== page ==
Purpose: The authors discuss the use of intraoperative monitoring of spinal cord function as an essential part of operations in which the spinal cord is at risk. Although early documented cases of intraoperative monitoring were during operations to correct spinal deformities such as scoliosis, intraoperative monitoring has also increased safety during other operations, such as tumor resection and arteriovenous malformation ablation. Methods: The authors highlight details involved in monitoring spinal cord function intraoperatively and discuss historical, current, and future perspectives on the use of these monitoring techniques as an essential part of operations in which the spinal cord is at risk. Results: Intraoperative monitoring techniques mitigate the risk of post-operative deficits to the spinal cord by detecting injuries before they become permanent and while they can be reversed. Conclusions: Intraoperative spinal cord monitoring is safe, cost-effective, and valuable in reducing postoperative sensory and motor deficit. This technique should continue to be refined and its use consistently applied in any procedure where injury to the spinal cord is possible.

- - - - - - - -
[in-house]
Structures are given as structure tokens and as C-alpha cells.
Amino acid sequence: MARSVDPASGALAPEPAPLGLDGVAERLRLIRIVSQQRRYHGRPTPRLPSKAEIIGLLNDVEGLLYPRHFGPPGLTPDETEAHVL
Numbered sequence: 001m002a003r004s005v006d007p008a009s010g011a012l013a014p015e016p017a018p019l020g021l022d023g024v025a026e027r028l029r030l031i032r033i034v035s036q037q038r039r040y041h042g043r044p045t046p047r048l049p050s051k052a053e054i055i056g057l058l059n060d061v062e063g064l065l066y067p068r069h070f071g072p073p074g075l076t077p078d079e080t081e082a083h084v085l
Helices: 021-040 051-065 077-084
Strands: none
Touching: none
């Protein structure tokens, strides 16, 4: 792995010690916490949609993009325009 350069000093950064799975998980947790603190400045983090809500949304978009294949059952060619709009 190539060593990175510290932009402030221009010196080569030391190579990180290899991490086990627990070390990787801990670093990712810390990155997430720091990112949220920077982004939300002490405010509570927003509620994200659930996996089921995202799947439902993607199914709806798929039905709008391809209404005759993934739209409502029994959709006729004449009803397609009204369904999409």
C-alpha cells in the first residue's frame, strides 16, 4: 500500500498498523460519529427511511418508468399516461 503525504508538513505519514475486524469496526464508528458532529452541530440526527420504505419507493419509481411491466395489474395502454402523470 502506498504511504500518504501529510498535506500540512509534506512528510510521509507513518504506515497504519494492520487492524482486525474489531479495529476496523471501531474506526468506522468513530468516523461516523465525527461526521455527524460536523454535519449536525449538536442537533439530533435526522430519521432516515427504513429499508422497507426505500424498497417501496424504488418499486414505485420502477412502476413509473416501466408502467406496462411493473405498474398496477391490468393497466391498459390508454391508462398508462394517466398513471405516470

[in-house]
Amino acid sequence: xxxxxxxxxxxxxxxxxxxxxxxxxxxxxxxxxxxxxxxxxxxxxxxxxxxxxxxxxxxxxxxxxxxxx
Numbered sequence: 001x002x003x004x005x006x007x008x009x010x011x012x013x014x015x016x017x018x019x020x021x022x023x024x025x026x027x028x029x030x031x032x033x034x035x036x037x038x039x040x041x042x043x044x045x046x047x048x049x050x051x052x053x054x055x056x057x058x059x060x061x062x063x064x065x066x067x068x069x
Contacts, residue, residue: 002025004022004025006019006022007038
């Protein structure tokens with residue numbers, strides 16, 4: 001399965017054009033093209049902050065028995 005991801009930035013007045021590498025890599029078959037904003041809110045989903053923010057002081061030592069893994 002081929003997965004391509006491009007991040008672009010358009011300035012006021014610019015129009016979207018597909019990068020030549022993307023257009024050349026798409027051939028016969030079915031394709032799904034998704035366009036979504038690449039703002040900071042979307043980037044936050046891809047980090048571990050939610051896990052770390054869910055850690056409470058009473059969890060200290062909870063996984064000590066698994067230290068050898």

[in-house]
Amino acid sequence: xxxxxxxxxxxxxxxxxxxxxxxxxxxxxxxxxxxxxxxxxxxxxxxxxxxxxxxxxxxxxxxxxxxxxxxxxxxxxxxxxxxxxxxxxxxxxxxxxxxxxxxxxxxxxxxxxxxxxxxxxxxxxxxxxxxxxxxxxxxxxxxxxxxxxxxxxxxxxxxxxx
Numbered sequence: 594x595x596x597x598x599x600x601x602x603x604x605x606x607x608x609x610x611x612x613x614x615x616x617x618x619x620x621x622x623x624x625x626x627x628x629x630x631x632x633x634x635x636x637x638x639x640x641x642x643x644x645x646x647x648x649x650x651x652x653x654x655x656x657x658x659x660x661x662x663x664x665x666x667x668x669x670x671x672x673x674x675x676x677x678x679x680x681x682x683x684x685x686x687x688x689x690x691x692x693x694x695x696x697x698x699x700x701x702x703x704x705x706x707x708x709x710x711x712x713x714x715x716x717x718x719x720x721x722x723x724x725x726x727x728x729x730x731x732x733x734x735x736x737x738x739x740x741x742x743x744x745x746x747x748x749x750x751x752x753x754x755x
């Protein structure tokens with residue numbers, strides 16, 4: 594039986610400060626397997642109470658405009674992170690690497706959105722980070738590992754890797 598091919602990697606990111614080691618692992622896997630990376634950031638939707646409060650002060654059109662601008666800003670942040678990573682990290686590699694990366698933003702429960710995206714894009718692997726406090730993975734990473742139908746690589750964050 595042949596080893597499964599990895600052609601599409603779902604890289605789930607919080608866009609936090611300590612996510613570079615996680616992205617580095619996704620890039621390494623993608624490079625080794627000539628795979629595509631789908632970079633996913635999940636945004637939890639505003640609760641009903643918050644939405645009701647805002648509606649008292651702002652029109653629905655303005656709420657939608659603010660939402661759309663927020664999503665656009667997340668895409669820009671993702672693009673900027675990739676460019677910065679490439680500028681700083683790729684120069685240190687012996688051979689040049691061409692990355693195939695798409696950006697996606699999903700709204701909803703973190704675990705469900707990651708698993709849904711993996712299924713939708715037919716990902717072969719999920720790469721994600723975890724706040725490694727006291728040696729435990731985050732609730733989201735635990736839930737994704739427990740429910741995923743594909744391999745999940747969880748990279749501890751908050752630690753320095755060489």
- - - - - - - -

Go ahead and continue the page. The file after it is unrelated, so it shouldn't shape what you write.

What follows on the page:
- Intraoperative neurophysiological monitoring
- Motor evoked potentials
- Somatosensory evoked potentials
- Spinal cord injury
ASJC Scopus subject areas
- Clinical Neurology